Computers watching computers

Waves along the beach
Waves along the beach

With tropical storm Hannah perhaps becoming a hurricane before making landfall between Mytle beach and Wilmington, all eyes in Eastern North Carolina have been following the weather.

Those with access to a televsion have probably watched The Weather Channel.

Many people in offices must rely on their computers which are signed into a variety of sites from the Weatherunderground to Accuweather and Weather Channel website.

I kept checking the computer when I was at the office Friday morning.  We did have a few minutes of nasty rain before things cleared off early in the afternoon.

It was nice enough that securing our boat and outdoor furniture was a very pleasant job on Friday just hours before the Hanna landfall.

The brief bout of super humid air that passed through the area on Friday morning had disappeared.  At dusk we could only discern clouds to the west and south of our area.  There was no wind and no rain.

We decided to go over to the beach for dinner.  We noticed on the way over that Food Lion in Emerald Isle had closed.  In the restaurant we found out that the grocery store had closed at 3 pm. That was twelve hours before Hannah was scheduled to make landfall in South Carolina close to 100 miles away.

Perhaps they were worried about the wind becoming strong enough to close the bridge to the mainland, and employees being stranded on the island.  Anyway after dinner, I went back to checking the weather sites to see if I could find really detailed information.  It turned out that there was very little new information on the computer sites.  I resorted to calling a friend who lives on the SC/Ga. border.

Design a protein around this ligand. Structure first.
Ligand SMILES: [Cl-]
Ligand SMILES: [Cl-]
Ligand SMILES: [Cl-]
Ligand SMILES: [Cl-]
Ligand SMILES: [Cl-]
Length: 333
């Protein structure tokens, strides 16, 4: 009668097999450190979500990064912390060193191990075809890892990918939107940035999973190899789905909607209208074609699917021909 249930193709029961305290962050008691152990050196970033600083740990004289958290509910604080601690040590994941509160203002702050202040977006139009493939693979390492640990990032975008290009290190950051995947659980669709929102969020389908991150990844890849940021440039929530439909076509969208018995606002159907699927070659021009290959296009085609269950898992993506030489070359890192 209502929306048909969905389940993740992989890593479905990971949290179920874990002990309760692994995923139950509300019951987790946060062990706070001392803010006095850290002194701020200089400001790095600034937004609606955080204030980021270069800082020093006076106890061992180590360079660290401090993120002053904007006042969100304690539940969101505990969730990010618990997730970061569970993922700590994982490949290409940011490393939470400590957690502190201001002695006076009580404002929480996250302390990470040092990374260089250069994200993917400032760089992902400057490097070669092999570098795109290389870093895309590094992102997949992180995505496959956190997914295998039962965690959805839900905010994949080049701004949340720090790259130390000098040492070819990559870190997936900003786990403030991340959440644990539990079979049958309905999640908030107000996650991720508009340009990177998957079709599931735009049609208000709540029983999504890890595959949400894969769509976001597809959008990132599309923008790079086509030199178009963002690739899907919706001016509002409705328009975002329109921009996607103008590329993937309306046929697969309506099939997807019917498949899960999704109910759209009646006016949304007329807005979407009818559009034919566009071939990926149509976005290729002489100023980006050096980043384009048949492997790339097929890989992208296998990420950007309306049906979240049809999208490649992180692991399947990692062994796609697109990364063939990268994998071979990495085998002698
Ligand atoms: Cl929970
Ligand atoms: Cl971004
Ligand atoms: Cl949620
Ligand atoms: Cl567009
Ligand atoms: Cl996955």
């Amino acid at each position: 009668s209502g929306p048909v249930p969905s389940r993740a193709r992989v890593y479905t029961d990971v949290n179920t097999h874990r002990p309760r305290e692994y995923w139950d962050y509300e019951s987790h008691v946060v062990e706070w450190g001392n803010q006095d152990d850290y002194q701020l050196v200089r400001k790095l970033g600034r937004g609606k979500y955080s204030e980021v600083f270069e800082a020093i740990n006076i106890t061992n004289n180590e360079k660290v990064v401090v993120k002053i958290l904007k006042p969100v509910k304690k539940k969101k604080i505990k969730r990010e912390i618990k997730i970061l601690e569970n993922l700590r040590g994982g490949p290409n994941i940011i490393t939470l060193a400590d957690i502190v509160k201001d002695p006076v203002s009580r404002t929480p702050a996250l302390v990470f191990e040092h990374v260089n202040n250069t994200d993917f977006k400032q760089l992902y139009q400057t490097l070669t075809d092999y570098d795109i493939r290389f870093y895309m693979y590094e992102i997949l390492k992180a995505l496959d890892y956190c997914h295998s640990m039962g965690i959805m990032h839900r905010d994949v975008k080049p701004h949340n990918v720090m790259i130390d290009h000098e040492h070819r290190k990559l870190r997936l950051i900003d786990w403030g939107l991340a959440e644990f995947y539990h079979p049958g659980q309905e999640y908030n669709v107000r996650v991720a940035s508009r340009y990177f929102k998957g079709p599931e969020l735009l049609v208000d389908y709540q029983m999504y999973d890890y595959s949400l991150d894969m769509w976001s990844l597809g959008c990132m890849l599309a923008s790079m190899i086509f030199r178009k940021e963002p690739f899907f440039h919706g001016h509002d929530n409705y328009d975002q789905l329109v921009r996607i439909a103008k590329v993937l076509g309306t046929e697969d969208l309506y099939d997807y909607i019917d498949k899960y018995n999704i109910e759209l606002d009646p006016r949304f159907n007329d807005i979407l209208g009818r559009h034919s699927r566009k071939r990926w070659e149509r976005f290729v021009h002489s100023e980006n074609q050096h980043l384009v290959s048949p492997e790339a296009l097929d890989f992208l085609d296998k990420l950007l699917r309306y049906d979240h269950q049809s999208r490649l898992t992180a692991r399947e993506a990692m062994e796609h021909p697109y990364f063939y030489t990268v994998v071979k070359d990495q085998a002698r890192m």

According to him his area had also seen very little active wether so far.  I wished that I had kep the phone number of our friend near Myrtle Beach. In the end we went to bed not really knowing what to expect in the morning.

During the night we heard both wind and rain.  I got around 7:30 am only to find the power off.  It didn’t take long to figure out that the power had not been off for long since the coffee was still hot.

Not wanting to give up a good cup of coffee, I poured myself a cup and enjoyed that before venturing outside.  There I found a pretty good storm surge, but no worse than we had expected.  Our rain gauge only showed one half inch of rain.  That added to what we got Friday morning gave us a total of one inch of rain from Hanna.

There were a few pieces of pine limbs in the yard and my tomato plants seemed to have taken a beating, but we actually came through the storm in good shape.  By the time I went back inside the power came back on and things were back to normal.  Even the excess water behind the house disappeared quickly.

I guess in the end, the computers checking other computer sites were as effective as any other means in figuring out what might happen.  At least with computers, I could avoid most of the weather channel hype.

I was pleased when the power came back on that I could send pictures of the storm to my friends.

Certainly people responding to other people are the best way to figure out what is happening.  By the end of the day, I knew that the rain from Hanna didn’t make it past the Yadkin River, but that parts of the DC area got flooded while my friend in NJ got a good soaking from Hanna.  Tomorrow I should find out what Hanna has in store for Nova Scotia.

It is nice to be connected even if it is with computers.

Where technology seems to stop

View from my deck
View from my deck

I get a tremendous advantage from technology. I would not be able to share pictures without the technology revolution that we have had in the last fifteen years.